The 'Hairspray' actress discusses her 'Love is Louder' campaign to help end bullying.
- Sarah Polonsky, BettyConfidential.com
When Courtney Knowles, Director of the Jed Foundation received a text from actress Brittany Snow saying. "Isn't there something we can do?" in reaction to the recent teen suicides involving bullying and harassment, it was the beginning of an important new movement. 24 hours later the two came up with the idea Love is Louder and 48 hours after that initial text, the movement was launched with MTV.
Now hundreds of thousands of people have tweeted it out or visited the campaign's site and Facebook page, crowds of students have chanted the phrase and hundreds of people have uploaded pics with "Love is Louder" on their hands, just like Brittany did at a teen event the night the campaign launched. Celebrities including P!nk, Vanessa Hudgens, Drake, Trey Songz, and Kellan Lutz have contributed their voices with videos.
Brittany Snow sat down with BettyConfidnetial to chat about the Love is Louder movement and her own harrowing tale of being bullied.
What is the Love is Louder Movement?
Love is Louder is a movement I started with my friend Courtney Knowles from The Jed Foundation after the suicide that happened in September. I've always been passionate about this topic and have worked with her foundation for years. After the suicide, I called Courtney to see if there was anything I could do to help. We decided to start a movement of support and understanding and make it a place where people could go to render hope. It's a place for people to go who have opinions or need support regarding this topic. We decided to have people submit videos. Whether you're a celebrity, gay or straight, old or young, it's a place for anybody because everyone has gone through bullying before and we want people to know that they are not alone.
What celebrities have gotten involved?
It started out where I asked a couple of my friends to do some videos and it really caught on. We've had videos from Drake, P!nk, Vanessa Hudgens, Vinny and Snooki from Jersey Shore-we've had over 50 videos from celebrities. We've been tweeted out by people form Perez Hilton to Joe Jonas. We've had over 100,000 tweets. 25,000 people have linked to us on Facebook. It's become crazy. We get pictures sent to us daily from lots of celebrities.
What is your ultimate goal of the movement?
We want to get the word out there that love is louder than anything else. Folks need to know that they are not alone and there are people out there that will support them. We're now trying to shape it into something that is more solid that can be incorporated into schools and communities. We've created webisodes that have to do with four components of understanding yourself, understanding other people, understanding bullies and then standing up to bullies. There are arts and crafts projects you can do, which you can take away from school and remember. We are also trying to do a documentary about how Love is Louder was created and how it's helped people. Urban Outfitters has a Love is Louder t-shirt coming out. We also have jewelry line. We ultimately want more people to be aware of it.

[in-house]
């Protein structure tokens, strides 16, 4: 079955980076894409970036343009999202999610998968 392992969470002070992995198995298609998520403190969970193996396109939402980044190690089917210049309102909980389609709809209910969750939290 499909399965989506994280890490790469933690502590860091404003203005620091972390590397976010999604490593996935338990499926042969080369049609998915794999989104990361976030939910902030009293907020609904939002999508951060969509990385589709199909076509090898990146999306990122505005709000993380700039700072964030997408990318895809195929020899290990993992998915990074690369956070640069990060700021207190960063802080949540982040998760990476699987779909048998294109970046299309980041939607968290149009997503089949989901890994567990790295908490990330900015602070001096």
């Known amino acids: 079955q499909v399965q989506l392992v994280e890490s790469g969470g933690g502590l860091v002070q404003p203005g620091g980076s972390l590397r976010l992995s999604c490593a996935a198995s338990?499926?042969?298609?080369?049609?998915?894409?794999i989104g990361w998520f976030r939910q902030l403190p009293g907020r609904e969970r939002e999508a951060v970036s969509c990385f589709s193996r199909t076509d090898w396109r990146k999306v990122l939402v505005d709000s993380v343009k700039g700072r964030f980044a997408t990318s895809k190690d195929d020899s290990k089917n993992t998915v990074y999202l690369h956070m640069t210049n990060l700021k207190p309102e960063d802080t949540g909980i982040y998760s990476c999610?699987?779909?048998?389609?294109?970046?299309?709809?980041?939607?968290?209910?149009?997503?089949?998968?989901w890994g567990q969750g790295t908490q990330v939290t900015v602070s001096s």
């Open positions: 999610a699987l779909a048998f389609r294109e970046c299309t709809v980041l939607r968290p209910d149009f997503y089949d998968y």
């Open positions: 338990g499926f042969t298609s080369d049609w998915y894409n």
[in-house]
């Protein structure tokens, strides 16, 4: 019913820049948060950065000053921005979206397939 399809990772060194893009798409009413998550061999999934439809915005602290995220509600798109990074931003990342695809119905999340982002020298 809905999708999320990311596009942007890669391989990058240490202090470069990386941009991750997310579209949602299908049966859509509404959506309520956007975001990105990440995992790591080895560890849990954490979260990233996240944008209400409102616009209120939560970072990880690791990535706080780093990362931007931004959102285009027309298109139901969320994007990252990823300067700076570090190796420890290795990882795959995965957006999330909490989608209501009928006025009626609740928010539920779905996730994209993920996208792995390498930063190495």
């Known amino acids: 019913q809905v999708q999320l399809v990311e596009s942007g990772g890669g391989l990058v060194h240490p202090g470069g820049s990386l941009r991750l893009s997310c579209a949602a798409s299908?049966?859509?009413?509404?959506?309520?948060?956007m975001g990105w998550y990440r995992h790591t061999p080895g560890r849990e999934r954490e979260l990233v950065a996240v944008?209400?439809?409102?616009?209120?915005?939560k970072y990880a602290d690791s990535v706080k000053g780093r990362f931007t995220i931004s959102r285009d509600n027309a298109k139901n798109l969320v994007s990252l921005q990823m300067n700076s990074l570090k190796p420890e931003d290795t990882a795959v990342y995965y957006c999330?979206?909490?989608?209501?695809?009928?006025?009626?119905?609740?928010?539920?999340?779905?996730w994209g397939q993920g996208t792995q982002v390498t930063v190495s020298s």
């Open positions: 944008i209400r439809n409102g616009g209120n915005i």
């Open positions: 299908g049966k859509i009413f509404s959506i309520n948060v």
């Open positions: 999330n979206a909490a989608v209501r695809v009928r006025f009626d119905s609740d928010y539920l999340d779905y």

Were you a victim of bullying?
Yes. I started initially with The Jed Foundation because of my personal struggle with depression and bullying. When I was in middle school and high school a bully would tell me ways to kill myself everyday. The bully would put mean things on flyers and hit me and just taunt me in every way. I had no friends. Then, on top of all that, one of my good friend committed suicide because of this bully. It was a really tough time in middle school and high school and it caused me to have other struggles later on. I think that's what people don't understand. It's really important that we understand that how we treat each other can affect who you are later on.
What's your opinion about all of the cyber-bullying taking place right now?
It's terrible. Bullying in general is a weak thing, but cyber bullying is sad. I've gone through a lot of it too. Being in the entertainment business you have to deal with it on a daily basis. People with blogs and in chat rooms are making fun of everyone. They think actors don't get hurt, but they do. I've seen a lot of my friends get hurt. It really does affect you and it's horrible because you don't know who the person is on the other side. It's something that really needs to change now that the Internet is so prevalent in our lives.
How did it feel to play the bully Amber Von Tussle in Hairspray?
It was weird because I loved Nikki Blonsky so much and we were really close. I always commit myself to my characters when the camera comes on and stay professional. I've played bullies a lot. It is kind of fun to play the bad person because it's the complete opposite of who I am in real life. At the same time, I think that's why I need to do stuff like that. It's just a character and that stuff needs to be shown. Luckily in the things that I've done the bully never wins.
Sarah Polonsky is a senior editor at BettyConfidential.To read more from BettyConfidential: